Surprised nobody has mentioned the stargazer package for nice printing of data.

You can output a nice-looking text file:

stargazer(mtcars, type = 'text', out = 'out.txt')

Statistic N   Mean   St. Dev.  Min     Max  
mpg       32 20.091   6.027   10.400 33.900 
cyl       32  6.188   1.786     4       8   
disp      32 230.722 123.939  71.100 472.000
hp        32 146.688  68.563    52     335  
drat      32  3.597   0.535   2.760   4.930 
wt        32  3.217   0.978   1.513   5.424 
qsec      32 17.849   1.787   14.500 22.900 
vs        32  0.438   0.504     0       1   
am        32  0.406   0.499     0       1   
gear      32  3.688   0.738     3       5   
carb      32  2.812   1.615     1       8   

Or even HTML:

stargazer(mtcars, type = 'html', out = 'out.html')

<table style="text-align:center"><tr><td colspan="6" style="border-bottom: 1px solid black"></td></tr><tr><td style="text-align:left">Statistic</td><td>N</td><td>Mean</td><td>St. Dev.</td><td>Min</td><td>Max</td></tr>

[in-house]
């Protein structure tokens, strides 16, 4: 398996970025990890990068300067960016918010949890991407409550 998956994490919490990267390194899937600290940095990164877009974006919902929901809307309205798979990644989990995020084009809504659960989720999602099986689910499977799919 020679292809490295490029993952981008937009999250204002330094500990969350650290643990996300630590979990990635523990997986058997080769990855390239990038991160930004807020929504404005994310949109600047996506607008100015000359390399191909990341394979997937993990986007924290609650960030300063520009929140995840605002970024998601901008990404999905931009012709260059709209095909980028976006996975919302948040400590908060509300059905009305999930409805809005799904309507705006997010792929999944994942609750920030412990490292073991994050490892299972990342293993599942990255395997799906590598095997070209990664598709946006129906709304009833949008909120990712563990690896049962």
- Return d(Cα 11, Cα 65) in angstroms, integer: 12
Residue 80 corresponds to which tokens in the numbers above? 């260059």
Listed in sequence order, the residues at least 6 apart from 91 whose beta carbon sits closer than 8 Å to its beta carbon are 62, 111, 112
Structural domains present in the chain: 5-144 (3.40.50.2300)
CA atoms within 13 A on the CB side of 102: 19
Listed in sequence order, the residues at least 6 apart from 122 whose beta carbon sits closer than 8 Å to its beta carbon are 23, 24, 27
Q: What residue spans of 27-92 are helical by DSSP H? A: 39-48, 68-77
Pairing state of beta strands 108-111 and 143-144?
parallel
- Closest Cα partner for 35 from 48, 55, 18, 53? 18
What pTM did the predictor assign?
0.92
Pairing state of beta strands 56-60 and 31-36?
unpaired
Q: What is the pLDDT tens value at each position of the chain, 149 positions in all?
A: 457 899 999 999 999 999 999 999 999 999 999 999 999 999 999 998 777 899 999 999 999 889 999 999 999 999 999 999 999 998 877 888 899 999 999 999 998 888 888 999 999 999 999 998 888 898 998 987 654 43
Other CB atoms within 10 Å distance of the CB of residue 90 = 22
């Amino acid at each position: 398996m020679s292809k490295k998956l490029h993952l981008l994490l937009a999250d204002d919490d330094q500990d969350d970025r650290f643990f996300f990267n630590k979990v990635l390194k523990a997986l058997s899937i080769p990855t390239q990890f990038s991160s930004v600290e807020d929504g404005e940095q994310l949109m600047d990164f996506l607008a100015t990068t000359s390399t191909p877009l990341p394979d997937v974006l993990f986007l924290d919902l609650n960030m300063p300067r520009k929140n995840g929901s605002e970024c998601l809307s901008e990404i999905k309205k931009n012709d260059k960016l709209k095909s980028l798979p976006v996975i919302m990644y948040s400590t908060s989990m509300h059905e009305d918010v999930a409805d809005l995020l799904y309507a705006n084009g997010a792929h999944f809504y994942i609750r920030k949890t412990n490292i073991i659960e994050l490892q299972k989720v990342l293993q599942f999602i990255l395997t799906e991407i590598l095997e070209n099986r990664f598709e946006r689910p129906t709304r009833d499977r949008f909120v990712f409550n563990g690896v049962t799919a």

<tr><td colspan="6" style="border-bottom: 1px solid black"></td></tr><tr><td style="text-align:left">mpg</td><td>32</td><td>20.091</td><td>6.027</td><td>10.400</td><td>33.900</td></tr>
<tr><td style="text-align:left">cyl</td><td>32</td><td>6.188</td><td>1.786</td><td>4</td><td>8</td></tr>
<tr><td style="text-align:left">disp</td><td>32</td><td>230.722</td><td>123.939</td><td>71.100</td><td>472.000</td></tr>
<tr><td style="text-align:left">hp</td><td>32</td><td>146.688</td><td>68.563</td><td>52</td><td>335</td></tr>
<tr><td style="text-align:left">drat</td><td>32</td><td>3.597</td><td>0.535</td><td>2.760</td><td>4.930</td></tr>
<tr><td style="text-align:left">wt</td><td>32</td><td>3.217</td><td>0.978</td><td>1.513</td><td>5.424</td></tr>
<tr><td style="text-align:left">qsec</td><td>32</td><td>17.849</td><td>1.787</td><td>14.500</td><td>22.900</td></tr>